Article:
GW students, faculty and staff should expect faster service and more options from the recently introduced Colonial Mail, technology officials said last week. The University made the switch to the new service to provide users with better service than the previously used Webmail.
Johnny Bret Jones, director of Technology Engineering, said Colonial Mail is a “far better” system than its predecessor because it promotes improved stability and performance. It is also able to handle GW’s high traffic volume, which totals about 150,000 messages per day.
“(Colonial Mail) is a more user-friendly Web client, incorporating a number of new features, including message sorting, html formatting and easier management of mail folders,” Jones said.
Colonial Mail began its phase-in in early August. The first of three stages focused on improving the e-mail system’s infrastructure and enhancing performance. The GWMail system had to be shut down from Aug. 1 to 3 while all GW e-mail accounts were converted.
The second phase introduced the new Web client, Colonial Mail, on August 12. At this time, ISS staff members migrated all Webmail address books to Colonial Mail. They are currently testing the new system as part of this phase.
“Since going live … small issues have surfaced and are being addressed by ISS,” Jones said. “But overall, we have encountered no critical issues with Colonial Mail so far, and do not expect to encounter any.”
The final phase will begin early this semester and continue through the school year. During this period, “additional features will be considered and implemented as the vendor makes them available,” Jones said.
Features include a calendar system and improved message filtering.
The new system lets users create and view more complex elements, such as fonts or graphics, which could not be read by Webmail. ISS will soon institute one-click access to Colonial Mail from the GWeb Portal. Webmail provided similar entry from GWeb.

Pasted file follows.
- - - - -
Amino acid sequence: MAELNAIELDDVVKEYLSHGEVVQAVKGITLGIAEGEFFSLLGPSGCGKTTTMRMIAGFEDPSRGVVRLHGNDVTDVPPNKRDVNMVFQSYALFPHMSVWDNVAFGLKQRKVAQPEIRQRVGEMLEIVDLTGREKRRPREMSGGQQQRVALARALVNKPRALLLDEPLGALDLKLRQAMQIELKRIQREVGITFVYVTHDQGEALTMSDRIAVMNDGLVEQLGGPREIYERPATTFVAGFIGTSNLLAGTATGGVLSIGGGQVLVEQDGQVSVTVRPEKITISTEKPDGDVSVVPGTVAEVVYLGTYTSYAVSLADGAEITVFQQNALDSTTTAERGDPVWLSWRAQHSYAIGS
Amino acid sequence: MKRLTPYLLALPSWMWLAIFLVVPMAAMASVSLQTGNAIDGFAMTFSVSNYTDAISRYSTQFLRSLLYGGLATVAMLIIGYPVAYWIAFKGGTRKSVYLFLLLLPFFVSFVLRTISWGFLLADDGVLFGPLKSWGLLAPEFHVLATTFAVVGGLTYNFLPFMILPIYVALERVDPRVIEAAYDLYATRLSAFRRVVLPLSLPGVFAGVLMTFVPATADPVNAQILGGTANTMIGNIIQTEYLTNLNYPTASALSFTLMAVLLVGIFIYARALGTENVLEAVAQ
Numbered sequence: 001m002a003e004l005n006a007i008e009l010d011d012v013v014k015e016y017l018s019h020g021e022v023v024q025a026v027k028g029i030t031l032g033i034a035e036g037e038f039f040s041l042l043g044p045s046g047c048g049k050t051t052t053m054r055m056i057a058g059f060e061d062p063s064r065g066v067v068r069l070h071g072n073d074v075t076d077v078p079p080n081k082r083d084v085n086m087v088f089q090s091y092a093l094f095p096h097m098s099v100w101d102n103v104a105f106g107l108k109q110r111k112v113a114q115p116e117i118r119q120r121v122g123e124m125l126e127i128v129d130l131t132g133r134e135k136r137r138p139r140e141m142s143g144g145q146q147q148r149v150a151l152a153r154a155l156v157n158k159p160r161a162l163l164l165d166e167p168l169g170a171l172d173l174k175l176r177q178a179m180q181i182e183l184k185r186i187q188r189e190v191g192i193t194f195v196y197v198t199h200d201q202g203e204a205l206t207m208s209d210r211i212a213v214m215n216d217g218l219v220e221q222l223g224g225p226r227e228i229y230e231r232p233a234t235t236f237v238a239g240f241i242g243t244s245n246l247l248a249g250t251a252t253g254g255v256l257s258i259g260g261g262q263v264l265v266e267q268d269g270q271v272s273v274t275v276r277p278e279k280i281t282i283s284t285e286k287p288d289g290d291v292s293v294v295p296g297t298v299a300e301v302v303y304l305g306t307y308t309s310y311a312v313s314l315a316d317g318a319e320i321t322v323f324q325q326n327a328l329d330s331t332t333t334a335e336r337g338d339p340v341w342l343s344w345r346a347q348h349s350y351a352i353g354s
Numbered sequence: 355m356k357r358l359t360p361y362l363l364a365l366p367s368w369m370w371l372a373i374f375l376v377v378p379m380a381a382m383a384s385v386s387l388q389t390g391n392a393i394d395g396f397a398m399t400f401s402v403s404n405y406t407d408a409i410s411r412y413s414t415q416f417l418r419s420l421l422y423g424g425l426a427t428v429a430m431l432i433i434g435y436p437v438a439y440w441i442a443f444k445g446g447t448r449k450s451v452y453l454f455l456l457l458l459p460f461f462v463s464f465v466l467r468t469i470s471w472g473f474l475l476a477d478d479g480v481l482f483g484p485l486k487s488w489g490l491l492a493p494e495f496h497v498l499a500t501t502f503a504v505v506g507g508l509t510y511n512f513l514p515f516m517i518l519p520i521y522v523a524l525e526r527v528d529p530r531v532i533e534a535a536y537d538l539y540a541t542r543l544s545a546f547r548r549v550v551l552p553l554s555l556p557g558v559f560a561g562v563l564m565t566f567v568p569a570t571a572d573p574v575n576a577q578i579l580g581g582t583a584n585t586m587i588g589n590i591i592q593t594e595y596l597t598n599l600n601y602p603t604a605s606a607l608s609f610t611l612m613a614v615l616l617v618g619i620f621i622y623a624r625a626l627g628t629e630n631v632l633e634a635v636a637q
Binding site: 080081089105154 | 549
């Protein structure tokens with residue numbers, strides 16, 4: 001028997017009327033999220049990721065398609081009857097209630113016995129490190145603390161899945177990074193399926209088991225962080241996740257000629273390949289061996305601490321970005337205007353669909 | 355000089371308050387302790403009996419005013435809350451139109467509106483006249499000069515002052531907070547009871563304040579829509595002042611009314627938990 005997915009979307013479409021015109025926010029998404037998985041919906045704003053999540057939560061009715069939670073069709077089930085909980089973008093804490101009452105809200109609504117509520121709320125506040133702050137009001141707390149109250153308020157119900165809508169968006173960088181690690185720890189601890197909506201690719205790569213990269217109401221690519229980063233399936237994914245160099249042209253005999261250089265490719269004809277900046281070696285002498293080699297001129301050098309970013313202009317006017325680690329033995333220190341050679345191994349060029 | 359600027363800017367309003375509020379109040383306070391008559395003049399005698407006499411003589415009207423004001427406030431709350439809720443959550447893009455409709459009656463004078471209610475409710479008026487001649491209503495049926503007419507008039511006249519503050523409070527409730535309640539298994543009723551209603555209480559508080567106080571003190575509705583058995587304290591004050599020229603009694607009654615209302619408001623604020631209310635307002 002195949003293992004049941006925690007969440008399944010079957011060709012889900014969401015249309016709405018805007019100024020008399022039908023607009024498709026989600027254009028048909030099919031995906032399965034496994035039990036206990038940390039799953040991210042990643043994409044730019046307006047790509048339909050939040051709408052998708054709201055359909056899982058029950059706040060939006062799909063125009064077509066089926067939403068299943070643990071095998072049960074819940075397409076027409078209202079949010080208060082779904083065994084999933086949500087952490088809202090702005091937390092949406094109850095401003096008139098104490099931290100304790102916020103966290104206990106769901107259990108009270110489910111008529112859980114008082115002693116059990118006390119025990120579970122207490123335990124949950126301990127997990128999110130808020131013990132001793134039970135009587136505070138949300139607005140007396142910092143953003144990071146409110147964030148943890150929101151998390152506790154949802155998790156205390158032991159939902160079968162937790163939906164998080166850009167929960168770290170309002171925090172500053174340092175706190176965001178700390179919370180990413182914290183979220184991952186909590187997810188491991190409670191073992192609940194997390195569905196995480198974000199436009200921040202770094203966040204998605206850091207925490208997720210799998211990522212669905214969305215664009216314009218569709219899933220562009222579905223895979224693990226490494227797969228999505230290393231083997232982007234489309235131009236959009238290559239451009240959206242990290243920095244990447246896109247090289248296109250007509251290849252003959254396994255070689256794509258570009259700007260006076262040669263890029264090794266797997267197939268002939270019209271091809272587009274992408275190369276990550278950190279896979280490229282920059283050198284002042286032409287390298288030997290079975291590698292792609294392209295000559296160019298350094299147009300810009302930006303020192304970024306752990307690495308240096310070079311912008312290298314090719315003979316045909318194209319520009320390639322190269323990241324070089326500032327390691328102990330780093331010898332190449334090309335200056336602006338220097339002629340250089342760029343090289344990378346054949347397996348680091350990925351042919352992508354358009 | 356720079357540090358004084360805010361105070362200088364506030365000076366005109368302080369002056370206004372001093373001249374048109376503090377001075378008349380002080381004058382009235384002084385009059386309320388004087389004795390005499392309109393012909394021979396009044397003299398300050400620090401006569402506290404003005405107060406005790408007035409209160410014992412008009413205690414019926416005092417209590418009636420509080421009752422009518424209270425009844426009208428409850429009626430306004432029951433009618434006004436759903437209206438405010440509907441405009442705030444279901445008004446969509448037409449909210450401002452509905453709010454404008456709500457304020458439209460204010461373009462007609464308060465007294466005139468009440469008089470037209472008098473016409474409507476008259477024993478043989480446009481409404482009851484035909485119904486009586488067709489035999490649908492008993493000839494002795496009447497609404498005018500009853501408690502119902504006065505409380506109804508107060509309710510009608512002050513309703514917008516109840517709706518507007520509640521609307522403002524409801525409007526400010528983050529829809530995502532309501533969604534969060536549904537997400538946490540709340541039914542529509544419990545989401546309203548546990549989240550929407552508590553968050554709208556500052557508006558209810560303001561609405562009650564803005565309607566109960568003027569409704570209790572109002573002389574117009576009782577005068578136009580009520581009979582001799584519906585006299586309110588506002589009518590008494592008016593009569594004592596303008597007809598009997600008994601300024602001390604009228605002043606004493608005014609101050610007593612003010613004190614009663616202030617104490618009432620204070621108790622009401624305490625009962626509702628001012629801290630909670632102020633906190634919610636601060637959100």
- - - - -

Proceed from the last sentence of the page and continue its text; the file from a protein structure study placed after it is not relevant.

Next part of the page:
Surveys conducted last year indicated that improving Webmail “was a top priority for the GW community,” Jones said.
Since GW introduced Webmail in 1998, problems with e-mail accounts plagued students and faculty who relied on the system. Users would periodically be unable to log into accounts and unexpectedly be logged out. Mail delivery was also slow. Last January, Webmail experienced a complete system outage that lasted nearly a week.
“Colonial Mail seems more organized and less problematic than Webmail,” senior Sarah DeGuilio said. “Webmail always seemed to have a glitch in the software.”
Colonial Mail makes online help more accessible. The interface provides users with numerous links to frequently asked questions, usage tips and solutions to common problems. The links further provide an overview of the system’s features, along with detailed descriptions of the new and existing options available with Colonial Mail.
“The interface is really friendly and the address book is much easier to use than the previous version,” senior Seth Gottlieb said. Webmail will be available for the next two months, and then the system will be decommissioned. Students and faculty can log into their new accounts through http://cmail.gwu.edu.
This article appeared in the August 25, 2003 issue of the Hatchet.